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Distribution and chemical forms of copper in the root cells of castor seedlings and their tolerance to copper phytotoxicity in hydroponic culture

Author:
Kang, Wei, Bao, Jianguo, Zheng, Jin, Hu, Hongqin, Du, Jiangkun
Source:
Environmental science and pollution research international 2015 v.22 no.10 pp. 7726-7734
ISSN:
0944-1344
Subject:
Fourier transform infrared spectroscopy, Ricinus communis, biomass, cell walls, cellulose, copper, copper sulfate, cytoplasm, hemicellulose, hydroponics, lignin, nutrient solutions, pectins, phytotoxicity, polar compounds, roots, seedling growth, seedlings, seeds, transmission electron microscopy, China
Abstract:
The subcellular localization and chemical forms of copper in castor (Ricinus communis L.) seedlings grown in hydroponic nutrient solution were identified by chemical extraction, transmission electron microscopy, and Fourier transform infrared spectroscopy. The wild castor seeds were harvested from an abandoned copper mine in Tonglu Mountain, Daye City of Hubei Province, China. The results revealed that (1) the seedlings grew naturally in MS liquid medium with 40.00 mg kg⁻¹CuSO₄, in which the seedling growth rate and biomass index were 0.14 and 1.23, respectively, which were the highest values among all the treatments. The copper content in castor seedlings increased along with elevated CuSO₄concentration in the medium, reaching a maximum value of 16 570.12 mg kg⁻¹(DW) when exposed to 60.00 mg L⁻¹CuSO₄, where 91.31 % of the copper was accumulated in roots. (2) The copper existed in various chemical forms in the roots of the castor seedlings. Copper of 67.66 % was extracted from the components of cell walls, such as exchangeable acidic polar compounds, cellulose and lignin, protein and pectin, and less concentrated in cell cytoplasm and nuclei. (3) Furthermore, the root cell walls were thickened when the castor seedlings exposed to CuSO₄, with a large amount of high-density electron bodies, attached to the thickened cell walls. In the cell walls, most copper was bound to the carboxyl (−COOH) and hydroxyl (−OH) groups of acidic polar compounds, cellulose, hemicellulose, and polysaccharides. The conclusion showed that castor exhibited a strong tolerance to copper, the copper were accumulated mainly in the root cell, the root cell walls of castor were the major location of patience and detoxification in copper stress.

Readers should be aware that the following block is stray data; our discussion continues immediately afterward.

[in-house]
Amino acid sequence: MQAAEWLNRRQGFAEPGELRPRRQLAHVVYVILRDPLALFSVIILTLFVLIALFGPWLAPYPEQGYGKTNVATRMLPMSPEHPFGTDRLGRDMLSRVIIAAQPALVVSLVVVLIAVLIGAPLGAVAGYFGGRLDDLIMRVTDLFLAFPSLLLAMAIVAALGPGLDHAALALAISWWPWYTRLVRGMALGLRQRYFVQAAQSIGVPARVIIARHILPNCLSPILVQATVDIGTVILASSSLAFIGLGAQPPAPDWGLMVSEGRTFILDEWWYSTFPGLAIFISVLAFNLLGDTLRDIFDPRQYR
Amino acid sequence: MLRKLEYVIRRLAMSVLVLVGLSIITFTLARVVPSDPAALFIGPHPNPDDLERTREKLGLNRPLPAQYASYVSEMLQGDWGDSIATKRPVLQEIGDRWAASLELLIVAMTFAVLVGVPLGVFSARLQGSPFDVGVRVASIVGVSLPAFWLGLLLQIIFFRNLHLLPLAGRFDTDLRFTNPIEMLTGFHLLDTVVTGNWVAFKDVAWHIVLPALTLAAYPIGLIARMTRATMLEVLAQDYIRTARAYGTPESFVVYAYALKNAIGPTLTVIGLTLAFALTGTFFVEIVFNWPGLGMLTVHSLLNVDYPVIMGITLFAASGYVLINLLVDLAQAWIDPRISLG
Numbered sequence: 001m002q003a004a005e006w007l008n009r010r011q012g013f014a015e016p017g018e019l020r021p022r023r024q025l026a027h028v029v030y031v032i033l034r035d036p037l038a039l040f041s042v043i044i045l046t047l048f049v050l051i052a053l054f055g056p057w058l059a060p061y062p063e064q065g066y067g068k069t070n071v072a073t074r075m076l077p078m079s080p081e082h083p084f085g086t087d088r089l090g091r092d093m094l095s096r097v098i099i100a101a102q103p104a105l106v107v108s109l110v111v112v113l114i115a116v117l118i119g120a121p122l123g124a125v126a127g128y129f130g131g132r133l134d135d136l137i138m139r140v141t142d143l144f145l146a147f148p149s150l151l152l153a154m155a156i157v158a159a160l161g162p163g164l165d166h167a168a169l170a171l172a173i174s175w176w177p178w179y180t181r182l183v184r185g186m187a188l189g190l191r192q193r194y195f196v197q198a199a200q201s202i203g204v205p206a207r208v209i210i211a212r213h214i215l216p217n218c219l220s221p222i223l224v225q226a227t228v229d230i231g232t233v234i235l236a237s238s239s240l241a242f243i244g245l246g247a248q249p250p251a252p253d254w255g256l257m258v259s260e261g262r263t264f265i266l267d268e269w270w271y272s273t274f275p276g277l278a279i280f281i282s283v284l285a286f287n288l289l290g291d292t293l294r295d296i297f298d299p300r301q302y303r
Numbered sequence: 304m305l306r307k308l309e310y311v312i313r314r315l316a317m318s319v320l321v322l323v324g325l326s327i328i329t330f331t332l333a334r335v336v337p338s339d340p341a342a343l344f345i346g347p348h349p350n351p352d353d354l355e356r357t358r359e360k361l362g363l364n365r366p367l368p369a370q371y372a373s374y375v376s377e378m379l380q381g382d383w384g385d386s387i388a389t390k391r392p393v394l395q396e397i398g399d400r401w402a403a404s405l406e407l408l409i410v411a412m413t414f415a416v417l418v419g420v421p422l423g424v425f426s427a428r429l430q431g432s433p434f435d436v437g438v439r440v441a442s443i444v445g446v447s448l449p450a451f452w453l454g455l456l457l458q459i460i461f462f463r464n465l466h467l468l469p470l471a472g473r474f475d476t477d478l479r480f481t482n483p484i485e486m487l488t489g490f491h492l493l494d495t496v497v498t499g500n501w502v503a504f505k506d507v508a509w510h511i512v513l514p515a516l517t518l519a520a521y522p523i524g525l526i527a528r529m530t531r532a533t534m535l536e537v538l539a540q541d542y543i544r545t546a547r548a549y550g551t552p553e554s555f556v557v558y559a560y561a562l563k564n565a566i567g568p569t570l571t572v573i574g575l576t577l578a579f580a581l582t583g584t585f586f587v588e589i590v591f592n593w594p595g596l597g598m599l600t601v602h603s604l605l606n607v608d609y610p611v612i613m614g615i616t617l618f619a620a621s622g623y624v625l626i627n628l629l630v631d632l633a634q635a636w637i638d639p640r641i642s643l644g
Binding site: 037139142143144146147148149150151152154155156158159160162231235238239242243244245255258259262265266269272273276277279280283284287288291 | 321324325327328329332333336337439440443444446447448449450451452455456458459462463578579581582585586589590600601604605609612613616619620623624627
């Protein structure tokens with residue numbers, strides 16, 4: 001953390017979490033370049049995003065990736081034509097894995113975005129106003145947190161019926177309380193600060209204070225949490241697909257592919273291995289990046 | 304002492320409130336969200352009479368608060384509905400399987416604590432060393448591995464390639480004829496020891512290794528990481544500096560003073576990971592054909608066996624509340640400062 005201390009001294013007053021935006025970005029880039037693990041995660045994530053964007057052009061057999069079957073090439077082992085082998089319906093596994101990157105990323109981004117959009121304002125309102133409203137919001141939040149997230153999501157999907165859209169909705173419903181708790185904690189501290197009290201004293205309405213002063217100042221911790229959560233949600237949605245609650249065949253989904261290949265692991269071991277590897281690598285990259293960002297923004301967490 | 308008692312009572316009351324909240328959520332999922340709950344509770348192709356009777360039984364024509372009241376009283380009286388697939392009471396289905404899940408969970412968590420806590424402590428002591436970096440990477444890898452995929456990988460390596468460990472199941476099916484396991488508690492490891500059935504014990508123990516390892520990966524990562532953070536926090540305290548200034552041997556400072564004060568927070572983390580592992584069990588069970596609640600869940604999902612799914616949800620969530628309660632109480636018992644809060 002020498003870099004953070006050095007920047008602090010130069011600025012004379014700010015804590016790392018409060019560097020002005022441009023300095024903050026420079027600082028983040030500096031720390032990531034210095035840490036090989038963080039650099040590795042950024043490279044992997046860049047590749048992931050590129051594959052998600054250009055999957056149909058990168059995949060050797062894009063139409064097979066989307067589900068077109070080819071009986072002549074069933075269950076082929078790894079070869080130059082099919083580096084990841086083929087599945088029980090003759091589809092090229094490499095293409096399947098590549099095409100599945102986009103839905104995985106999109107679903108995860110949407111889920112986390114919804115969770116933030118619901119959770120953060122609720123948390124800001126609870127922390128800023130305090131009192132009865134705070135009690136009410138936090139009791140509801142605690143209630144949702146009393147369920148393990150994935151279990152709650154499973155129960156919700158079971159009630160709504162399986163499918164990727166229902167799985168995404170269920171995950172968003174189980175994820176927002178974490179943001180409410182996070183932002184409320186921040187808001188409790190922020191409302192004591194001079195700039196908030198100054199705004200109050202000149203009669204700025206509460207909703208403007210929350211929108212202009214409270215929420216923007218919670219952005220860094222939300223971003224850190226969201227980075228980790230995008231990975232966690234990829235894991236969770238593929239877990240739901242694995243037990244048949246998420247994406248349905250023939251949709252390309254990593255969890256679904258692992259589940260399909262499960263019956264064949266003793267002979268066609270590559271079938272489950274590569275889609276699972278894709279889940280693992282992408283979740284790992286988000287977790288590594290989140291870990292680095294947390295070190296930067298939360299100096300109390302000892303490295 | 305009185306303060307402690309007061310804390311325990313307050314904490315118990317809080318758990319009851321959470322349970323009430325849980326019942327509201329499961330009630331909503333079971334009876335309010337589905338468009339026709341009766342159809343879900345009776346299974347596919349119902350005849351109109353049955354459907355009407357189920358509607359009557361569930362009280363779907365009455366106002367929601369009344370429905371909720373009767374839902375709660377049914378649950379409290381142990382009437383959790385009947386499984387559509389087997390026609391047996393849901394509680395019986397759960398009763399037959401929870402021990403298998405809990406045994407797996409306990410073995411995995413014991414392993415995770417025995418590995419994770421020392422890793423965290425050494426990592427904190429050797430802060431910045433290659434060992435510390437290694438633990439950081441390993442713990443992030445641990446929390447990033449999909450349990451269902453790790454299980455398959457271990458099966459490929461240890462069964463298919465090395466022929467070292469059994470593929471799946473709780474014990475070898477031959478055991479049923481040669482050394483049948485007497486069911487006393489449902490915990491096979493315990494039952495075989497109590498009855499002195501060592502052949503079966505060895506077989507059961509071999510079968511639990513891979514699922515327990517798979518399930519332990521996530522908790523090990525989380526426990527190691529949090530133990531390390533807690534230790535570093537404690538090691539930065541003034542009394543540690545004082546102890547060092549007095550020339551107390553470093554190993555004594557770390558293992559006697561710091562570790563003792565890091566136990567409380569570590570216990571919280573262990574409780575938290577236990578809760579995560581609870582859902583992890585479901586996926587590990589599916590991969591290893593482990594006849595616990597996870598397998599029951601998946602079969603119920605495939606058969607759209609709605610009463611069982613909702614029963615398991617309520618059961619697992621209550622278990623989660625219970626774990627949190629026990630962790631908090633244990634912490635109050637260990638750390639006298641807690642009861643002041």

Agid:
1331277